On a wintry day in early March 2018, a group of mostly first- and second-grade teachers was sitting in rows in a conference room at the Bethlehem school district headquarters. Mary Doe Donecker, an educational consultant from an organization called Step-by-Step Learning, stood at the front of the room, calling out words:

"Tell me the first sound you hear in 'Eunice'?"

"Youuu ... " the teachers responded.

Nope. "/Y/, /y/, before you get to the /oo/," Donecker explained. "How about "Charlotte?"

This was a class on the science of reading. The Bethlehem district has invested approximately $3 million since 2015 on training, materials and support to help its early elementary teachers and principals learn the science of how reading works and how children should be taught.

In the class, teachers spent a lot of time going over the sound structure of the English language.

Since the starting point for reading is sound, it's critical for teachers to have a deep understanding of this. But research shows they don't. Michelle Bosak, who teaches English as a second language in Bethlehem, said that when she was in college learning to be a teacher, she was taught almost nothing about how kids learn to read.

"It was very broad classes, vague classes and like a children's literature class," she said. "I did not feel prepared to teach children how to read."

Bosak was among the first group of teachers in Bethlehem to attend the new, science-based classes, which were presented as a series over the course of a year. For many teachers, the classes were as much about unlearning old ideas about reading — like that contextual-guessing idea — as they were about learning new things.

First-grade teacher Candy Maldonado thought she was teaching her students what they needed to know about letters and sounds.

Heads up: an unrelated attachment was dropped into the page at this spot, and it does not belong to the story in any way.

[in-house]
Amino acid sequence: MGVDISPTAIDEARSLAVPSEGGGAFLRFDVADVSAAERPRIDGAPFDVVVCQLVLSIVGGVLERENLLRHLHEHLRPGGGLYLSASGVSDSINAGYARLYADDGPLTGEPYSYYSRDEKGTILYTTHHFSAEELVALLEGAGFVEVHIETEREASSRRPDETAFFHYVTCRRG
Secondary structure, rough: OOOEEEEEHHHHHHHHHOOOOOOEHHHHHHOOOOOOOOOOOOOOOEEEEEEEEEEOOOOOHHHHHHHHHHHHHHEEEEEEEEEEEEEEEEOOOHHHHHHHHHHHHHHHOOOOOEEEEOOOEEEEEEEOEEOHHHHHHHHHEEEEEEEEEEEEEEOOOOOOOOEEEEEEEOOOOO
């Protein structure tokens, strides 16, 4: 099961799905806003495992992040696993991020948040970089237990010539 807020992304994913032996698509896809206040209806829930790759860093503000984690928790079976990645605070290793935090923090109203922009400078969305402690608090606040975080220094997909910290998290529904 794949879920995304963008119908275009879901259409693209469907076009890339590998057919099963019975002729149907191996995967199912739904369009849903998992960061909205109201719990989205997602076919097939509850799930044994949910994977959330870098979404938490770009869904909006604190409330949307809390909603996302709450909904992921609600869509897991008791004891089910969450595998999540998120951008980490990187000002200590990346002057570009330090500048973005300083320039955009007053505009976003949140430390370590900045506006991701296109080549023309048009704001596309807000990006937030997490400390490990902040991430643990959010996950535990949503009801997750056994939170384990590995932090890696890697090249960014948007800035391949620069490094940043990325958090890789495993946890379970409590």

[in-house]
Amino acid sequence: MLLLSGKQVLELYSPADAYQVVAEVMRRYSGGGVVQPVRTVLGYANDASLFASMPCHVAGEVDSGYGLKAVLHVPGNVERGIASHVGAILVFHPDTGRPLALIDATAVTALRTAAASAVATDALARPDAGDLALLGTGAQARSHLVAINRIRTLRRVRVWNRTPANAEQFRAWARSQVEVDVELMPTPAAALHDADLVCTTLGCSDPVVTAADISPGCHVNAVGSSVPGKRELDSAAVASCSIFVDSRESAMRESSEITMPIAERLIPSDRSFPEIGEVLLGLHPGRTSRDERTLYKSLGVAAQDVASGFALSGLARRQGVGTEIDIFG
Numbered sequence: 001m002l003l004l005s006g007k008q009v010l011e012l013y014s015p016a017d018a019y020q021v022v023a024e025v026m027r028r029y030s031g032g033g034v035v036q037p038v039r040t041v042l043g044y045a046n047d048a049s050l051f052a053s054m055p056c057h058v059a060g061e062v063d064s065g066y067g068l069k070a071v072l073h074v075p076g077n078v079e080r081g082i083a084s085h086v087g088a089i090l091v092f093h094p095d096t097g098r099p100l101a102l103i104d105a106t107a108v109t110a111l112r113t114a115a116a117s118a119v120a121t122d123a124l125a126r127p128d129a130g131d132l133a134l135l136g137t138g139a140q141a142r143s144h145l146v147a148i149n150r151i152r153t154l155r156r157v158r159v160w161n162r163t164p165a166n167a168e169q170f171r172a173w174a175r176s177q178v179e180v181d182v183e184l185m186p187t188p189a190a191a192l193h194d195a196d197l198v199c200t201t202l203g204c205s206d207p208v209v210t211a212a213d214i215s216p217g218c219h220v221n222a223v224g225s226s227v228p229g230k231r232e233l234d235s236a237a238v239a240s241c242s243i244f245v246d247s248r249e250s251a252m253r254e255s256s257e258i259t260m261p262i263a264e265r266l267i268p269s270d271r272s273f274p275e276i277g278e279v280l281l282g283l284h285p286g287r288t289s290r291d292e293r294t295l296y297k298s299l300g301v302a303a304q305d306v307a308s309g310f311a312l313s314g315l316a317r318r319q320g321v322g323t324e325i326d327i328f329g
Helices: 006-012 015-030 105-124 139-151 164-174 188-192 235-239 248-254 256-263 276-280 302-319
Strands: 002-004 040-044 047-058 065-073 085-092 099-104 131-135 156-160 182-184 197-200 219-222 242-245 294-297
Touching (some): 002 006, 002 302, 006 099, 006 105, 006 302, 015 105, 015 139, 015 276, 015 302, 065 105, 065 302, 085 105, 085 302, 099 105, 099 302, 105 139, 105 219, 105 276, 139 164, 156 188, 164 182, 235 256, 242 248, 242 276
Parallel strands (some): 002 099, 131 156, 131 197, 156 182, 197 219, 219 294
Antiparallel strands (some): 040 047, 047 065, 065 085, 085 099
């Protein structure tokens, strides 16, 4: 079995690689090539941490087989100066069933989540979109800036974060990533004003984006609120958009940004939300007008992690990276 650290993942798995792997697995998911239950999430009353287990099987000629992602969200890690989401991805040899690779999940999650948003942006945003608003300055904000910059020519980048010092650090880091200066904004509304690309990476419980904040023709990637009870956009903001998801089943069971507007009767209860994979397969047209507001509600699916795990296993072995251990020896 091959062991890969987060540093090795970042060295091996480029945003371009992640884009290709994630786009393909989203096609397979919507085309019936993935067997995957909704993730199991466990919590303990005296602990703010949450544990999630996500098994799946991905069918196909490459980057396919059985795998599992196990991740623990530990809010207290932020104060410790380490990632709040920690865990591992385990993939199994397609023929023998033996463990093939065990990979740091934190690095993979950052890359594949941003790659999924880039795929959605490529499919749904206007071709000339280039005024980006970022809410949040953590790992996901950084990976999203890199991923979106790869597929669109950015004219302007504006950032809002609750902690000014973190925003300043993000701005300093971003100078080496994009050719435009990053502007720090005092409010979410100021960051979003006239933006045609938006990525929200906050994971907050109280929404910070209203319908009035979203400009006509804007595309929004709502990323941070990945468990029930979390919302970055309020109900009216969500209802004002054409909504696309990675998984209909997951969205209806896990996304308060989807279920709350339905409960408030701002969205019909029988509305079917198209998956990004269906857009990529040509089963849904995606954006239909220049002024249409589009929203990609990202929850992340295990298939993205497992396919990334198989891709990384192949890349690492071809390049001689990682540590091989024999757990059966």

"We did a letter a week," she remembers. "So, if the letter was 'A,' we read books about 'A,' we ate things with 'A,' we found things with 'A.' "

But that was pretty much it. She didn't think getting into the details of how words are made up of sounds, and how letters represent those sounds, mattered that much.

The main goal was to expose kids to lots of text and get them excited about reading. She had no idea how kids learn to read. It was just that — somehow — they do: "Almost like it's automatic."

Maldonado had been a teacher for more than a decade. Her first reaction after learning about the reading science was shock: Why wasn't I taught this? Then guilt: What about all the kids I've been teaching all these years?

Bethlehem school leaders adopted a motto to help with those feelings: "When we know better, we do better."

"My kids are successful, and happy, and believe in themselves"

Cristina Scholl, first-grade teacher at Lincoln Elementary, uses a curriculum that mixes teacher-directed whole-class phonics lessons with small-group activities. Emily Hanford/APM Reports hide caption

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Emily Hanford/APM Reports

Cristina Scholl, first-grade teacher at Lincoln Elementary, uses a curriculum that mixes teacher-directed whole-class phonics lessons with small-group activities.

Emily Hanford/APM Reports

In a kindergarten class at Bethlehem's Calypso Elementary School in March 2018, veteran teacher Lyn Venable gathered a group of six students at a small, U-shaped table.

"We're going to start doing something today that we have not done before," she told the children. "This is brand spanking new."

The children were writing a report about a pet they wanted. They had to write down three things that pet could do.

A little boy named Quinn spelled the word "bark" incorrectly. He wrote "boc." Spelling errors are like a window into what's going on in a child's brain when he is learning to read. Venable prompted him to sound out the entire word.

"What's the first sound?" Venable asked him.

"Buh," said Quinn.

"We got that one. That's 'b.' Now what's the next sound?"